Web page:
Finally, it was time to head to Singapore, and from the time I boarded the plane till I got to the stadium to watch the show all I did was listen to U2’s songs and watch videos of their earlier concerts on loop. On the day of the show, we planned our journey to the stadium with military-like accuracy. I was now trembling with excitement and a little fearful of traffic snarls, because the Singapore Night Marathon would take place on the same day and the route went around the venue. So we sat and planned: no cabs or buses to be used–only the MRT; we went over the route five times with the hotel concierge and made sure that we left as per our schedule with time given on the tickets. The MRT to the venue was packed with people across different nationalities. I saw men and women, young boys and girls, elderly people and father-and-son and mother-and-daughter duos. The crowd was dressed in everything from mini- skirts, to jeans, hijabs and gowns–all of which a testament to the band’s appeal across nations, continents, communities and ages.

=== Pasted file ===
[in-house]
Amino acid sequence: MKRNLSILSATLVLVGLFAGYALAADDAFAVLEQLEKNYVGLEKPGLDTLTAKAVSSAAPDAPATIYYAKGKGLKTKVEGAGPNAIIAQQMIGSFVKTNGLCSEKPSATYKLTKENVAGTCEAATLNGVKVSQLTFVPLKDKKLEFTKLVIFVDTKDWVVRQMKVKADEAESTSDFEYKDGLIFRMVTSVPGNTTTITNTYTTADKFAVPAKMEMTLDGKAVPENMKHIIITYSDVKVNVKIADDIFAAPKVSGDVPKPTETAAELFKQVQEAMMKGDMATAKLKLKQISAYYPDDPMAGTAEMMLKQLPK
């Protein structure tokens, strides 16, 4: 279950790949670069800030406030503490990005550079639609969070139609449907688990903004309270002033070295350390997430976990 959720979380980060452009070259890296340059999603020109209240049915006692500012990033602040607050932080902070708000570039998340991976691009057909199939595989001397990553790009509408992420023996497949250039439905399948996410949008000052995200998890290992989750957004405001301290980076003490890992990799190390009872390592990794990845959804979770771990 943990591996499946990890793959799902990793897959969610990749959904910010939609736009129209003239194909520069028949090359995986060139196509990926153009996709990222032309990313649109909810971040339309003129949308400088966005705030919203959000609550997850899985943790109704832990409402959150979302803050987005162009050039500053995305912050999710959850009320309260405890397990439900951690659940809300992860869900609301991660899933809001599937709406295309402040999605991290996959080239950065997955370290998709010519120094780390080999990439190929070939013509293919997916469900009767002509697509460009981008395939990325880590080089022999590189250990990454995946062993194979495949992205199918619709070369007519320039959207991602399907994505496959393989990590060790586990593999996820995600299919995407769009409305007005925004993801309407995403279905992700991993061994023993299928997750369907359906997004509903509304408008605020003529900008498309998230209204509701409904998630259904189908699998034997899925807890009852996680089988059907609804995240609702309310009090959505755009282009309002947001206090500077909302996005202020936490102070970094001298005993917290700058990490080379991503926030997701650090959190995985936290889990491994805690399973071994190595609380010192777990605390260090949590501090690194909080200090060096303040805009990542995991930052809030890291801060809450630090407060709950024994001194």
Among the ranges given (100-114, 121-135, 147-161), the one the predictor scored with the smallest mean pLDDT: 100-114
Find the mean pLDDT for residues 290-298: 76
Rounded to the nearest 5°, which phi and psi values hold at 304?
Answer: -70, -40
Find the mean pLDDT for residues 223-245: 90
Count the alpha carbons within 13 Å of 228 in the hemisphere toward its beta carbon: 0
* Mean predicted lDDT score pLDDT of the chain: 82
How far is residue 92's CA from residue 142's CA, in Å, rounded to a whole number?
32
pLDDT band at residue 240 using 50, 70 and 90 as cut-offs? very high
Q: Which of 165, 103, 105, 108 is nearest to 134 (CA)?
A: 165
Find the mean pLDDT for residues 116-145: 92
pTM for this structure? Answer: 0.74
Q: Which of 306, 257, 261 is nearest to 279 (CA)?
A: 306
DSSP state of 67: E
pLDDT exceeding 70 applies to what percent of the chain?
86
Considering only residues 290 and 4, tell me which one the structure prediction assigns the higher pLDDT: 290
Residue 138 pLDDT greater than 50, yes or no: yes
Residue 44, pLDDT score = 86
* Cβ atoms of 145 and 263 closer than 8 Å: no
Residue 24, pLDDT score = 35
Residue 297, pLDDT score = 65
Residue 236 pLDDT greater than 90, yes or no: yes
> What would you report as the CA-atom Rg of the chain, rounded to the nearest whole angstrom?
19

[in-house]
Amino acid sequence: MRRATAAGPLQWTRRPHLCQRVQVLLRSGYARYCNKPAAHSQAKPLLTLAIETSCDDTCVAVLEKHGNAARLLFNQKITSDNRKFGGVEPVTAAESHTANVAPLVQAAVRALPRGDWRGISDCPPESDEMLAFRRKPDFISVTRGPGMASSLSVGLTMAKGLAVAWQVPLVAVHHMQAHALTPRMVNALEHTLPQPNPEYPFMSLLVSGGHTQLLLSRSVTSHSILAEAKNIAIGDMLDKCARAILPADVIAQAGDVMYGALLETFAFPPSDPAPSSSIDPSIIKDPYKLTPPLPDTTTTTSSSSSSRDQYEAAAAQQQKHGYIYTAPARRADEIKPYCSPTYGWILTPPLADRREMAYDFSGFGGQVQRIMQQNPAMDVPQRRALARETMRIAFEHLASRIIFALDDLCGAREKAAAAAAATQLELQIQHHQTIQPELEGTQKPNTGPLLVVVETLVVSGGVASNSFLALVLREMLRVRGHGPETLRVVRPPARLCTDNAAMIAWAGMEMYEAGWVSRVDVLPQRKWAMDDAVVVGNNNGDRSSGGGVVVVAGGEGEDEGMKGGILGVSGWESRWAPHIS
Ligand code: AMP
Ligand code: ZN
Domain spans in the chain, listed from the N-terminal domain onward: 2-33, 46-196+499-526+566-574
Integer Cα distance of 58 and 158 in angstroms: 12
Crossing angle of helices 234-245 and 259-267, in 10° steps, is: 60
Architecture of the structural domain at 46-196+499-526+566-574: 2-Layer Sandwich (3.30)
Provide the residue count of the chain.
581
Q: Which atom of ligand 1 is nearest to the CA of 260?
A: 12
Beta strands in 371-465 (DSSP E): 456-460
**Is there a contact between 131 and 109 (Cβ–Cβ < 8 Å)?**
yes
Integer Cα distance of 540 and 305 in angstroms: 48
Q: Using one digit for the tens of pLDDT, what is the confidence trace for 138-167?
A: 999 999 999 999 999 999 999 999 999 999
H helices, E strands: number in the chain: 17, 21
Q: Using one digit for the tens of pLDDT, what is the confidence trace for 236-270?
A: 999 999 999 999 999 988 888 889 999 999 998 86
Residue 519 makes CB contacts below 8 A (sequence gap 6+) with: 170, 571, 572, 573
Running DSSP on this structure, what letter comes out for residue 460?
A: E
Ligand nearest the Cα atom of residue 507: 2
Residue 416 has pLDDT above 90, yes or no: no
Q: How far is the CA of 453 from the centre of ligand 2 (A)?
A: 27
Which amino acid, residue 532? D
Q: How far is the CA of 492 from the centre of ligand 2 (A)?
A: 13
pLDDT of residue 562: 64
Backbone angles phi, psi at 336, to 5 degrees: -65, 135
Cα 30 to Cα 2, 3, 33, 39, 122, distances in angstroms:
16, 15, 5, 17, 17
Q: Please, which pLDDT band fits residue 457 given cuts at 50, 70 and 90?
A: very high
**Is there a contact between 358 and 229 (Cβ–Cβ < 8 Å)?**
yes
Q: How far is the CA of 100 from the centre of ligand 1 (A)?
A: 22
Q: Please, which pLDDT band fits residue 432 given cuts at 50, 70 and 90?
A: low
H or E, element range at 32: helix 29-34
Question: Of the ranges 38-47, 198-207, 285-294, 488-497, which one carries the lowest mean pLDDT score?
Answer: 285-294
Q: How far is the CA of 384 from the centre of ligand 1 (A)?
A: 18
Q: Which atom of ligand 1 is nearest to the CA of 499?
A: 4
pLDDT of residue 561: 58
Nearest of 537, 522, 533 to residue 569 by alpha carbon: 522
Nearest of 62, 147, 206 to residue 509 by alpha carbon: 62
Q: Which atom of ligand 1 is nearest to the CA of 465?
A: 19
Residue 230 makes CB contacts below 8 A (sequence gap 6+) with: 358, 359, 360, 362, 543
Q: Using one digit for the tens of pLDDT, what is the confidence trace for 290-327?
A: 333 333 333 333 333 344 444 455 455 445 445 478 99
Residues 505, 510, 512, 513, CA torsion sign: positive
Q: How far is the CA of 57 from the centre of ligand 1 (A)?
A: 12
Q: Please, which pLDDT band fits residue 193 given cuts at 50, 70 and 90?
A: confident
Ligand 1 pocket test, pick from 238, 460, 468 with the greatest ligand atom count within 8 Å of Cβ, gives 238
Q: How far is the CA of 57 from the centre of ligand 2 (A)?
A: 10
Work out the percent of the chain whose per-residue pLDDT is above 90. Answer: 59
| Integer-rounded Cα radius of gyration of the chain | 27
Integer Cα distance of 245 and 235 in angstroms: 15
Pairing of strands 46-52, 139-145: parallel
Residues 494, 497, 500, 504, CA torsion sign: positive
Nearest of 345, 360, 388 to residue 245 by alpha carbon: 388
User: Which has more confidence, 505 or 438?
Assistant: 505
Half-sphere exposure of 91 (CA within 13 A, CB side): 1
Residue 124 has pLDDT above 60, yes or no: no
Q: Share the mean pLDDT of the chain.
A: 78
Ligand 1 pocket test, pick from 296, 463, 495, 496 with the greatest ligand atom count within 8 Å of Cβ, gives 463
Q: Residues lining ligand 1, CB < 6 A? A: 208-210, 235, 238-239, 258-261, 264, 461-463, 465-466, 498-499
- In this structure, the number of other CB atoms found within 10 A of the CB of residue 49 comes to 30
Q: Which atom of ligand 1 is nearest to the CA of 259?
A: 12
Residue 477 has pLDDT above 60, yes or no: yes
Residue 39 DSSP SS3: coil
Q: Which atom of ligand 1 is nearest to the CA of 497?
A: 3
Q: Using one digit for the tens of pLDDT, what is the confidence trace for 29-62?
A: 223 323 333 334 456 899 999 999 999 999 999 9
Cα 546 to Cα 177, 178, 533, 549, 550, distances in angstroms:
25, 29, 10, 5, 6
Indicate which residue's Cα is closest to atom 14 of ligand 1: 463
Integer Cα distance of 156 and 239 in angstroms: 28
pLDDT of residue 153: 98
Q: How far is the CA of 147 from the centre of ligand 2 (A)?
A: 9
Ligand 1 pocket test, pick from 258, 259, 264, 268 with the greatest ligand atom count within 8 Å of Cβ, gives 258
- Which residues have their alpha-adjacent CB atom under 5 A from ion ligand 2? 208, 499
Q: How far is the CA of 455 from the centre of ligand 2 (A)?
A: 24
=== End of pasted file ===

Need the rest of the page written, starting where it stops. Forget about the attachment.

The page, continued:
As we exited the MRT at The Kallang National Stadium of Singapore, I started to feel a lump in my throat and a shiver down my spine. I was overwhelmed that my dream to see U2 live was about to become a reality. The walk to the gate of the stand in which we were seated seemed like a million miles and I remember getting all choked up with emotions. And then before I could say ‘Bono’–we were inside! And oh my God ! There was a sea of, what I was told later, 50,000 people filling the venue and all of them seemed to be in a similar frenzy as me. Despite the numbers there was no pushing or shoving, everyone just seemed to be walking around in a spell of anticipation.
I was in my seat early and soon excitement was replaced with impatience–that desire to see U2, the same feeling as it was from decades ago. But before impatience could turn to irritation, the lights went off and boom! Out comes Bono (59) singing “Sunday Bloody Sunday.” There were hardly any lights on then a piercing spot came on tightly focused on Bono and then expanded it’s diameter to show us the rest of the band–lead guitarist The Edge, bassist Adam Clayton and drummer Larry Mullen Jr–all now in their late fifties and me in my late forties. It felt surreal; there were tears rolling down from my eyes… I could not believe that it was the moment that I had waited over 30 years for–Bono and U2 live!